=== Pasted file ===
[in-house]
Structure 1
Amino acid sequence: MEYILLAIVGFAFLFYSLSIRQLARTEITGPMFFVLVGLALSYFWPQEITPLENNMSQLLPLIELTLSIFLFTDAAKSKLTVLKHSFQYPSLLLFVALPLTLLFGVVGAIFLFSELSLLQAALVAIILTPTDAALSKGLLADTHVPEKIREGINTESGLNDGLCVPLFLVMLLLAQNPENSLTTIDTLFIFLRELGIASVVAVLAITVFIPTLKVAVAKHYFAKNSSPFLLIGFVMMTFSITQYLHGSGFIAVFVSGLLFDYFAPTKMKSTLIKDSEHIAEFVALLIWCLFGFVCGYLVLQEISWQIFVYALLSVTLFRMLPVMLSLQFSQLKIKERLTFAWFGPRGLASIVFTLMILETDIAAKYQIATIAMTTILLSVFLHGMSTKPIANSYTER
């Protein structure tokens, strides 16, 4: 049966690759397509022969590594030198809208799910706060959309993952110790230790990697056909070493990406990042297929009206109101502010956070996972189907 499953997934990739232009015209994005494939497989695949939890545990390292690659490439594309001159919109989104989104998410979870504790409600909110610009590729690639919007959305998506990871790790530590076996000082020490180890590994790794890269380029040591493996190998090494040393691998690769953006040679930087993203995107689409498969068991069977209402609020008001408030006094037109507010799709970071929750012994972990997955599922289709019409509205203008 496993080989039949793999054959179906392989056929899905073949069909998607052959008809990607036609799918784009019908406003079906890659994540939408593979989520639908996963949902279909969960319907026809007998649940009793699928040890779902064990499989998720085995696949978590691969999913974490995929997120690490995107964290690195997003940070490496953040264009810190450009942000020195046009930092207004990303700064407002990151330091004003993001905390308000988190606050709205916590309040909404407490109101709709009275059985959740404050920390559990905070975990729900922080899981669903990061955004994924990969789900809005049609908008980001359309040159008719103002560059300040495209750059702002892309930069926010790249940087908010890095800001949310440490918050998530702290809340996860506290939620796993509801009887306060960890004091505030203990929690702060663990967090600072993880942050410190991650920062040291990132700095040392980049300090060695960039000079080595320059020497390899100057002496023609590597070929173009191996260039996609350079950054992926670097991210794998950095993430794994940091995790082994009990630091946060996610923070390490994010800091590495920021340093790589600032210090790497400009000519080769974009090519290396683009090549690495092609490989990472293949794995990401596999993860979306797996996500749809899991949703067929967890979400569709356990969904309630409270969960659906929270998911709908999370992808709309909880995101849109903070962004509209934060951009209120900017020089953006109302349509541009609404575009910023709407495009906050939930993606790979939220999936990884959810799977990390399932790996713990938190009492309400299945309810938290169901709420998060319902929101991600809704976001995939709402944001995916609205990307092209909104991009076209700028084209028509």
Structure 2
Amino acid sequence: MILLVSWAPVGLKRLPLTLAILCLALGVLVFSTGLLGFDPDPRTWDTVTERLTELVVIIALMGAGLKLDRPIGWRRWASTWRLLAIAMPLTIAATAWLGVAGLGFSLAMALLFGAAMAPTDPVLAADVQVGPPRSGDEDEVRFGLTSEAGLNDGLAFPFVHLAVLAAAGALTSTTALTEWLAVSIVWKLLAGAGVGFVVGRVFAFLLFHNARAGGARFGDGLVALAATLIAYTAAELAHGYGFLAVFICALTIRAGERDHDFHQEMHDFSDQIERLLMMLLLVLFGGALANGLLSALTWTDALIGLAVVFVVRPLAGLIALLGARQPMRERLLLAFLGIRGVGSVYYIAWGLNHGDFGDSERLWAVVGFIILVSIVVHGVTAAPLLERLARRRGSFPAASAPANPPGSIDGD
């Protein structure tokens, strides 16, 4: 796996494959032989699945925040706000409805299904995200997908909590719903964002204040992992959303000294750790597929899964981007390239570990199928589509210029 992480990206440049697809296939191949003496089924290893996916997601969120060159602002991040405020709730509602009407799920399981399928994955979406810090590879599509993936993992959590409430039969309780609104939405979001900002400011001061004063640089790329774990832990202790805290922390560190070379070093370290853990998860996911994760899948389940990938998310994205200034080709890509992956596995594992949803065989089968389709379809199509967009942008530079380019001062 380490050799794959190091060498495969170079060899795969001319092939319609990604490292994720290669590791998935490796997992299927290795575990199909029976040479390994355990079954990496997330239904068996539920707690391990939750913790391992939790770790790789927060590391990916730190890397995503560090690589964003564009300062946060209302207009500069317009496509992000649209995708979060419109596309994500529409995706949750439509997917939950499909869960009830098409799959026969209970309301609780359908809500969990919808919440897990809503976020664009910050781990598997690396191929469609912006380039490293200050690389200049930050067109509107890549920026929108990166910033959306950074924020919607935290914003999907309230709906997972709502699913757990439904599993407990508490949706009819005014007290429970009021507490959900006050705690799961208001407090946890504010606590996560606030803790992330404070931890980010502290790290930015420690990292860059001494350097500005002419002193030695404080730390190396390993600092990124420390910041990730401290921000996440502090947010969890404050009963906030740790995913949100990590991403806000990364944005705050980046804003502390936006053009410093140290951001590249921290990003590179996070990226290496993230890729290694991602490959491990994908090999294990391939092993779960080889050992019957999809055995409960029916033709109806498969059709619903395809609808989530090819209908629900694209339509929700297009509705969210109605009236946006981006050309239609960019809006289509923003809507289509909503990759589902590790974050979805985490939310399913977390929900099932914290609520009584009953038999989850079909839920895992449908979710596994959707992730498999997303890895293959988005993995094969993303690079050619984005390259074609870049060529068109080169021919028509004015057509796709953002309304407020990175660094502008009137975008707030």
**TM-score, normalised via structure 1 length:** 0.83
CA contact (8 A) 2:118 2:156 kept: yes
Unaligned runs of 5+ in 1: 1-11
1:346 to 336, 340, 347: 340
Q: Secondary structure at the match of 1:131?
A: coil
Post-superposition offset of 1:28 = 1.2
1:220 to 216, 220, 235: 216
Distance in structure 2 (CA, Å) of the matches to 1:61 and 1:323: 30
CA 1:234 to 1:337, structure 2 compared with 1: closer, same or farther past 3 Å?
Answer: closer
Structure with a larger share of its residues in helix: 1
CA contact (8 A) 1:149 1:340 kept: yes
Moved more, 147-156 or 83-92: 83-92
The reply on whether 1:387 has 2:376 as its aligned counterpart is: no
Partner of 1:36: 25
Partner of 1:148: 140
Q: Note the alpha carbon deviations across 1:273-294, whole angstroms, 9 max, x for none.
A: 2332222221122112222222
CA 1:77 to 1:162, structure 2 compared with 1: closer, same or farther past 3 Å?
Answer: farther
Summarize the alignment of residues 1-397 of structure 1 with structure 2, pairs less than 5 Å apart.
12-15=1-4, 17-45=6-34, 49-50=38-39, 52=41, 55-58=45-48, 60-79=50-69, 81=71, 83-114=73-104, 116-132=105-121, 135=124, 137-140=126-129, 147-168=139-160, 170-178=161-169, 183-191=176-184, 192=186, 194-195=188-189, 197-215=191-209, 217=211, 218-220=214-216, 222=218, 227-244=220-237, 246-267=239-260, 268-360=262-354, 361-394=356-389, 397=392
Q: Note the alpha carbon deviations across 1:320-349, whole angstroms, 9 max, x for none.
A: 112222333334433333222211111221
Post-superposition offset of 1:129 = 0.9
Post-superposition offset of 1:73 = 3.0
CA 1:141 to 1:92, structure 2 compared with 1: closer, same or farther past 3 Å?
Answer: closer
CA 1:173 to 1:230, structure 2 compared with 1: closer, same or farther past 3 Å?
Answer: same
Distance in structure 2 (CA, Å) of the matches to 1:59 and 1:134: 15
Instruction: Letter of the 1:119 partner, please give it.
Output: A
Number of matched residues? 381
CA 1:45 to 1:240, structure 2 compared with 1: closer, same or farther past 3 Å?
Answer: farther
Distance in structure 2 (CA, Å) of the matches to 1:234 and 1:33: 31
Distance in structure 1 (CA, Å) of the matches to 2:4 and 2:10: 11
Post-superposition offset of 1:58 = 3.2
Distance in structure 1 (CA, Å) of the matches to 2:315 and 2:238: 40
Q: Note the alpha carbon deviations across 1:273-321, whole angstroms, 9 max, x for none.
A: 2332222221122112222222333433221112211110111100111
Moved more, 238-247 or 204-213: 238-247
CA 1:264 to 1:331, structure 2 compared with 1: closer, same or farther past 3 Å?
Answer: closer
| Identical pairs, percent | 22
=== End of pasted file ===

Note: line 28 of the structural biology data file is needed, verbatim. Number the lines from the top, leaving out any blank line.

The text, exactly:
Answer: farther